| Quote #1
My cheeks warm. I get up and dust myself off. A few people stopped when I fell, but none of them offered to help me. Their eyes follow me to the edge of the hallway. This sort of thing has been happening to others in my faction for months now—the Erudite have been releasing antagonistic reports about Abnegation, and it has begun to affect the way we relate at school. The gray clothes, the plain hairstyle, and the unassuming demeanor of my faction are supposed to make it easier for me to forget myself, and easier for everyone else to forget me too. But now they make me a target. (1.37)
The book opens with a couple of hints that not all is well in Chicagoland. In this passage, an Erudite boy has pushed Beatrice and called her a "Stiff." But this isn't just about Beatrice. No, this bullying has been happening to a bunch of other Abnegation kids, too. To make matters worse, no one from other factions is stepping in to stop it. This is a picture of a society with a big problem coming.
| Quote #2
This is where the factionless live. Because they failed to complete initiation into whatever faction they chose, they live in poverty, doing the work no one else wants to do. They are janitors and construction workers and garbage collectors; they make fabric and operate trains and drive buses. In return for their work they get food and clothing, but, as my mother says, not enough of either. (3.39)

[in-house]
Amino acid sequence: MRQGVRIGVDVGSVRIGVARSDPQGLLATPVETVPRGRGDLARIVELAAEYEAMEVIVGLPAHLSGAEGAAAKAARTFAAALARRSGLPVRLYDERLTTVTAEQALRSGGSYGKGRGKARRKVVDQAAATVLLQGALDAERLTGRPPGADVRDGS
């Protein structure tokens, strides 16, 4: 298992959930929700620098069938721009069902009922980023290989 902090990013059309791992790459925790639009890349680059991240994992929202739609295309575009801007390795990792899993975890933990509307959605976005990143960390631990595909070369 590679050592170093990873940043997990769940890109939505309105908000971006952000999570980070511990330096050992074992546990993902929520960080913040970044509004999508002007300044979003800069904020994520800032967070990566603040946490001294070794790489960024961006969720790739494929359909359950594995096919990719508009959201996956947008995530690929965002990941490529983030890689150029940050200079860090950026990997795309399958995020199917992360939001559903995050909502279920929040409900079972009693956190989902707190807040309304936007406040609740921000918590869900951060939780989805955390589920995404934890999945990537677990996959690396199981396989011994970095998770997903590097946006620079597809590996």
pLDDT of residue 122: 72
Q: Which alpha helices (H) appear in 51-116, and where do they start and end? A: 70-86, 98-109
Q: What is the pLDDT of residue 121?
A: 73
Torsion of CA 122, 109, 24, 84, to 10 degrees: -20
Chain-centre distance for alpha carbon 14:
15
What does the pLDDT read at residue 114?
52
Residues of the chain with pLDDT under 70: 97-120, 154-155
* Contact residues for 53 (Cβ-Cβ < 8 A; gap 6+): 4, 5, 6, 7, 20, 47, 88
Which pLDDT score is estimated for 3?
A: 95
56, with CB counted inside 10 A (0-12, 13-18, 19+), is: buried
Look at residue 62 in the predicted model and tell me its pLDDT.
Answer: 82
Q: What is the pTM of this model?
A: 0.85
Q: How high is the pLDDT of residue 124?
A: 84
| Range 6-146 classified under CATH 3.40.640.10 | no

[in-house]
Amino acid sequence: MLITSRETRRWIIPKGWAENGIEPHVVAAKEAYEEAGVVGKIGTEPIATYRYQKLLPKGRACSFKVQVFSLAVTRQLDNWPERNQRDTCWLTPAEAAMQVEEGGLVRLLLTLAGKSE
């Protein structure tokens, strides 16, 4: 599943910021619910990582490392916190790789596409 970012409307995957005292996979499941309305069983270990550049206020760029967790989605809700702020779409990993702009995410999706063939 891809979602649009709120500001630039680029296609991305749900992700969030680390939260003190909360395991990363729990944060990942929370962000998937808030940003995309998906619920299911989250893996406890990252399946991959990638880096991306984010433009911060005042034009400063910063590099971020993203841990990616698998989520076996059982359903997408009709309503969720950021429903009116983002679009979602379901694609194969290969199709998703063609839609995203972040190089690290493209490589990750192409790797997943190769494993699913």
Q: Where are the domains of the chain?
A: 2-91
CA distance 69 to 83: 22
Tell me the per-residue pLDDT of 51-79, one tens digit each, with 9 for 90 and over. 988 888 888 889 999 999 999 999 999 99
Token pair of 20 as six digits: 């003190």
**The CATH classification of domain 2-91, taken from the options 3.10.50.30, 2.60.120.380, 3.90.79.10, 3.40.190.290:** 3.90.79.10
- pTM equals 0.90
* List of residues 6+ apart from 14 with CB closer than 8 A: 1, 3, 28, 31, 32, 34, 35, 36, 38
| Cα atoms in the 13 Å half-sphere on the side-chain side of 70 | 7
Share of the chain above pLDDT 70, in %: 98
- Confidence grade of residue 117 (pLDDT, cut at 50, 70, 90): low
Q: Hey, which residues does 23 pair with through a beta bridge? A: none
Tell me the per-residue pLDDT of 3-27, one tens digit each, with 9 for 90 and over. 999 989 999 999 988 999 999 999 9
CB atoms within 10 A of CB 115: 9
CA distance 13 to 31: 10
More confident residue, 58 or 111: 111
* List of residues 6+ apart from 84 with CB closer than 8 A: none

Every faction has its own particular jobs—and even the factionless have a role in society. The factionless do the jobs that no one else wants to do (or that don't fit in well with the other factions' ideas of what's important). What's funny to us is how important those jobs are: a society without janitors is a society that soon will die of suffocation under a heap of trash. So even those on the outside of the system help the system.
| Quote #3
"Working together, these five factions have lived in peace for many years, each contributing to a different sector of society. Abnegation has fulfilled our need for selfless leaders in government; Candor has provided us with trustworthy and sound leaders in law; Erudite has supplied us with intelligent teachers and researchers; Amity has given us understanding counselors and caretakers; and Dauntless provides us with protection from threats both within and without. But the reach of each faction is not limited to these areas. We give one another far more than can be adequately summarized. In our factions, we find meaning, we find purpose, we find life."
I think of the motto I read in my Faction History textbook: Faction before blood. More than family, our factions are where we belong. Can that possibly be right? (5.35-6)
Factions aren't just groups of people who like the same stuff. In other words, they're not fan clubs. They're groups of people who share the same values, which means they're drawn to the same jobs. But note that after that long (long) explanation of how great factions are, Tris still isn't sure about the whole faction vs. family thing.